Feelings of superiority are actually feelings of inferiority cloaked in vanity. As feelings of inferiority increase, so does vanity, and sooner or later, this pernicious pair is bound to express itself in speech and action. Lack of concern for those who are less fortunate, scorning the unfortunate or feeling uncomfortable in their presence, and a general attitude of arrogance are the visible symptoms of feelings of inferiority.
As a result of these feelings, we build a thick wall between ourselves and those who are less fortunate. And because we fail to realize how damaging this wall is both to ourselves and to others, we continually add to it. Thus, balance is disturbed, differences increase, and the community fragments. The discontent that begins to smolder among those who are excluded inevitably blazes into hatred.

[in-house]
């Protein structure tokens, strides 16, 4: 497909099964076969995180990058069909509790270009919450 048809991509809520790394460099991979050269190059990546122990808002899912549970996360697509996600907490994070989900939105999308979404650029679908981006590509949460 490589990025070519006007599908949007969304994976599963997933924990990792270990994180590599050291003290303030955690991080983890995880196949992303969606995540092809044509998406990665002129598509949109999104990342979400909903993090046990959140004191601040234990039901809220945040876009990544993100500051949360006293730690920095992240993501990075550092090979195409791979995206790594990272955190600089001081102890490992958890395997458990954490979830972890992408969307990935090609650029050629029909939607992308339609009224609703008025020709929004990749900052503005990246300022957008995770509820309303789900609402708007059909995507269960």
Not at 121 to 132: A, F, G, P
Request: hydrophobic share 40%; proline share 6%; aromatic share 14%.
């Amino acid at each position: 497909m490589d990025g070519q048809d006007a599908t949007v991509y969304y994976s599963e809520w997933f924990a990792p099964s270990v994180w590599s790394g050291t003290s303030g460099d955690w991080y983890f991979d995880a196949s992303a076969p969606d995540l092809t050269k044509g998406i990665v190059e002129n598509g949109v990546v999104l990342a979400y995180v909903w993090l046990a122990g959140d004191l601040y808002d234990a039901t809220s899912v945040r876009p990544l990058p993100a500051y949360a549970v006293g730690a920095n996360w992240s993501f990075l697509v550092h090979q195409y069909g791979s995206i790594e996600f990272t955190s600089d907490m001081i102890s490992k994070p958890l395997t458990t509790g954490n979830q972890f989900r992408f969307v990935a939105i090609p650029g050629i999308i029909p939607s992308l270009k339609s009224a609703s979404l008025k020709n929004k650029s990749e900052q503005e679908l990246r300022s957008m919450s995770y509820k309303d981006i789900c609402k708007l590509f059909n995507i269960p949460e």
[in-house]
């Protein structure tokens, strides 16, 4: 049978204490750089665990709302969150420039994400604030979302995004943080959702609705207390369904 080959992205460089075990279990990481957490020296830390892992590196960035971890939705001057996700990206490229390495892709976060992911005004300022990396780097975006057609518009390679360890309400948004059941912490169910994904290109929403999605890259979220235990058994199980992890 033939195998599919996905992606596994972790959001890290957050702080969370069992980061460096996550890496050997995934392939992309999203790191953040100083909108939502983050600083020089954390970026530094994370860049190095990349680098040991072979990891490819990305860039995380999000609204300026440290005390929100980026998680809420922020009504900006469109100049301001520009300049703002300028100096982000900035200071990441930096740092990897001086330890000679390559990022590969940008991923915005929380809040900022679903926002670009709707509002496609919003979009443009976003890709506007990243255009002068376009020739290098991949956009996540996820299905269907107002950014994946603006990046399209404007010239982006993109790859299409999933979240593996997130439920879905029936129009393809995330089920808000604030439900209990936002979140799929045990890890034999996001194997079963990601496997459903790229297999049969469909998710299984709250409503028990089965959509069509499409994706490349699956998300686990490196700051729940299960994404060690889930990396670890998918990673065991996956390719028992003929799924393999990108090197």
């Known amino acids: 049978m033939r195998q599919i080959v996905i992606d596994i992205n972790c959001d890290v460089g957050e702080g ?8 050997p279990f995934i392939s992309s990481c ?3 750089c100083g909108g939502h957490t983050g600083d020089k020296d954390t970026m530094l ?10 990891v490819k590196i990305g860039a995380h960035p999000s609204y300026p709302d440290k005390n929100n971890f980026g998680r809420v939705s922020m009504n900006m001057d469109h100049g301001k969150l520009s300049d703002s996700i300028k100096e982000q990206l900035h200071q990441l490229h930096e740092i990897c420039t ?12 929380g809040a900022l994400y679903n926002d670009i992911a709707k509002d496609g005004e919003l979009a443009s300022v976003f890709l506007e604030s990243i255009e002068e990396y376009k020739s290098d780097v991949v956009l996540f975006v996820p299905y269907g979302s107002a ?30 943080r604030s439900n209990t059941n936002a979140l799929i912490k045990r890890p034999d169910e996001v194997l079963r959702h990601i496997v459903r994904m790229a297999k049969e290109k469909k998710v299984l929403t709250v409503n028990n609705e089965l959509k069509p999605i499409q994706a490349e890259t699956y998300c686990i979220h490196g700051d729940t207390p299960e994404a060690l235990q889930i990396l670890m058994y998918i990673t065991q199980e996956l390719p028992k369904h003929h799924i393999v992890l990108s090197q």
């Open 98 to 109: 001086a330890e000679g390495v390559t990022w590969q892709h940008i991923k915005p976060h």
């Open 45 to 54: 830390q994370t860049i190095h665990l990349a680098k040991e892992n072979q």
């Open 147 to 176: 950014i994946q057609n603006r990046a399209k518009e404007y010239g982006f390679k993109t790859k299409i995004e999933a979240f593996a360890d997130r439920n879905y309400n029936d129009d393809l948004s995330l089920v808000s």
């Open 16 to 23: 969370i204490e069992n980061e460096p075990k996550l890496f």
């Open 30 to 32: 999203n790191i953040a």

Honor and dignity are human birthrights, but blinded by ego, the happier and more fortunate among us fail to acknowledge this in those who are weak and suffering, suppressing them with our arrogance or indifference. Failing to acknowledge another’s pain is an act of violence because people suffer when their pain is ignored; those who are ignored or suppressed feel compelled to assert themselves in the name of honor and dignity. And on the collective level, war is often the result.